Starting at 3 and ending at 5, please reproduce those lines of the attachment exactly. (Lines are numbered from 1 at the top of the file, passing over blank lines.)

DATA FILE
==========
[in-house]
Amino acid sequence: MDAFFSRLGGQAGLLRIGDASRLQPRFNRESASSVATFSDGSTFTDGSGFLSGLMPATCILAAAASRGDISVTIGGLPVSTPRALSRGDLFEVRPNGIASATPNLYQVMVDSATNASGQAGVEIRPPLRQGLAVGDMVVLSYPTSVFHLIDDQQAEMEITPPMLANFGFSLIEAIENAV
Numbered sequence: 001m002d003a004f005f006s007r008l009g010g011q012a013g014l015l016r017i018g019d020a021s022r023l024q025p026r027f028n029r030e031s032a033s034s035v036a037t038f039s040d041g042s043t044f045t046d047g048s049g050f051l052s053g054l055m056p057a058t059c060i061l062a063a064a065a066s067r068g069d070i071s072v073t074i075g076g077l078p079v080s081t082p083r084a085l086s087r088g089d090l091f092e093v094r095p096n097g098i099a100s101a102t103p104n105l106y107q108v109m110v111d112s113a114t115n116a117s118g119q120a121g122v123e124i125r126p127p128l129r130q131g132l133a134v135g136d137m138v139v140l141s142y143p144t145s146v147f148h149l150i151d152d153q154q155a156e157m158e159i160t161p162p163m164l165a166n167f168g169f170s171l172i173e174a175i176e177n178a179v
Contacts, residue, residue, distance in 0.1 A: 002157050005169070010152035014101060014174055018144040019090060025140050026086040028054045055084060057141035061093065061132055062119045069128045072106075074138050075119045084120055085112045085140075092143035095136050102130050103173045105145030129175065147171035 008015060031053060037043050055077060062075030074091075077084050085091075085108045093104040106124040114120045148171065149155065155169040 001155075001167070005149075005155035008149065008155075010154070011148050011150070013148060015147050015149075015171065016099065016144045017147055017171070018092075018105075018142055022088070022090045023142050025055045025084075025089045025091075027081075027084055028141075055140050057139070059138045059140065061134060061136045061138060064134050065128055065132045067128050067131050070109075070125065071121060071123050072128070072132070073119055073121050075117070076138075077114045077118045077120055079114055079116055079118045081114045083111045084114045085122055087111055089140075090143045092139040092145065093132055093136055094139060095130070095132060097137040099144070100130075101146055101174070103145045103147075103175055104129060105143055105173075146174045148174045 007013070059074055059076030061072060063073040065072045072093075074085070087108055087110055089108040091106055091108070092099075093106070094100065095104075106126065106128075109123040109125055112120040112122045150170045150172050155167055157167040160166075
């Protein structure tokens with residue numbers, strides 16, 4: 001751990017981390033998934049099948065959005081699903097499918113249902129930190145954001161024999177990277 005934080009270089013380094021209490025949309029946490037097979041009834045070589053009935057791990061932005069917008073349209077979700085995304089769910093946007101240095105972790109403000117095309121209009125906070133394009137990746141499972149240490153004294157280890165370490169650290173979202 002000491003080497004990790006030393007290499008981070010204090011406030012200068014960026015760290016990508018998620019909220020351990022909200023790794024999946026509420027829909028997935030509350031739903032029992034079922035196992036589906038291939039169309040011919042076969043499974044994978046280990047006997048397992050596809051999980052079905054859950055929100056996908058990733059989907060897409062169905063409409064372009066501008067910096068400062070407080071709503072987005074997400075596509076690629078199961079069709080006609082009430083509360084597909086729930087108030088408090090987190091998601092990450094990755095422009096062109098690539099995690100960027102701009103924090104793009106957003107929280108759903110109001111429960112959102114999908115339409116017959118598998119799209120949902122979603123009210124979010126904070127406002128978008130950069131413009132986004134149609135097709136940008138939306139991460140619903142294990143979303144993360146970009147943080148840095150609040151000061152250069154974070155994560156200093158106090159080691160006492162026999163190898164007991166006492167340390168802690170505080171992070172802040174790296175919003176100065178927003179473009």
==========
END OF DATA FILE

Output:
Numbered sequence: 001m002d003a004f005f006s007r008l009g010g011q012a013g014l015l016r017i018g019d020a021s022r023l024q025p026r027f028n029r030e031s032a033s034s035v036a037t038f039s040d041g042s043t044f045t046d047g048s049g050f051l052s053g054l055m056p057a058t059c060i061l062a063a064a065a066s067r068g069d070i071s072v073t074i075g076g077l078p079v080s081t082p083r084a085l086s087r088g089d090l091f092e093v094r095p096n097g098i099a100s101a102t103p104n105l106y107q108v109m110v111d112s113a114t115n116a117s118g119q120a121g122v123e124i125r126p127p128l129r130q131g132l133a134v135g136d137m138v139v140l141s142y143p144t145s146v147f148h149l150i151d152d153q154q155a156e157m158e159i160t161p162p163m164l165a166n167f168g169f170s171l172i173e174a175i176e177n178a179v
Contacts, residue, residue, distance in 0.1 A: 002157050005169070010152035014101060014174055018144040019090060025140050026086040028054045055084060057141035061093065061132055062119045069128045072106075074138050075119045084120055085112045085140075092143035095136050102130050103173045105145030129175065147171035 008015060031053060037043050055077060062075030074091075077084050085091075085108045093104040106124040114120045148171065149155065155169040 001155075001167070005149075005155035008149065008155075010154070011148050011150070013148060015147050015149075015171065016099065016144045017147055017171070018092075018105075018142055022088070022090045023142050025055045025084075025089045025091075027081075027084055028141075055140050057139070059138045059140065061134060061136045061138060064134050065128055065132045067128050067131050070109075070125065071121060071123050072128070072132070073119055073121050075117070076138075077114045077118045077120055079114055079116055079118045081114045083111045084114045085122055087111055089140075090143045092139040092145065093132055093136055094139060095130070095132060097137040099144070100130075101146055101174070103145045103147075103175055104129060105143055105173075146174045148174045 007013070059074055059076030061072060063073040065072045072093075074085070087108055087110055089108040091106055091108070092099075093106070094100065095104075106126065106128075109123040109125055112120040112122045150170045150172050155167055157167040160166075
């Protein structure tokens with residue numbers, strides 16, 4: 001751990017981390033998934049099948065959005081699903097499918113249902129930190145954001161024999177990277 005934080009270089013380094021209490025949309029946490037097979041009834045070589053009935057791990061932005069917008073349209077979700085995304089769910093946007101240095105972790109403000117095309121209009125906070133394009137990746141499972149240490153004294157280890165370490169650290173979202 002000491003080497004990790006030393007290499008981070010204090011406030012200068014960026015760290016990508018998620019909220020351990022909200023790794024999946026509420027829909028997935030509350031739903032029992034079922035196992036589906038291939039169309040011919042076969043499974044994978046280990047006997048397992050596809051999980052079905054859950055929100056996908058990733059989907060897409062169905063409409064372009066501008067910096068400062070407080071709503072987005074997400075596509076690629078199961079069709080006609082009430083509360084597909086729930087108030088408090090987190091998601092990450094990755095422009096062109098690539099995690100960027102701009103924090104793009106957003107929280108759903110109001111429960112959102114999908115339409116017959118598998119799209120949902122979603123009210124979010126904070127406002128978008130950069131413009132986004134149609135097709136940008138939306139991460140619903142294990143979303144993360146970009147943080148840095150609040151000061152250069154974070155994560156200093158106090159080691160006492162026999163190898164007991166006492167340390168802690170505080171992070172802040174790296175919003176100065178927003179473009």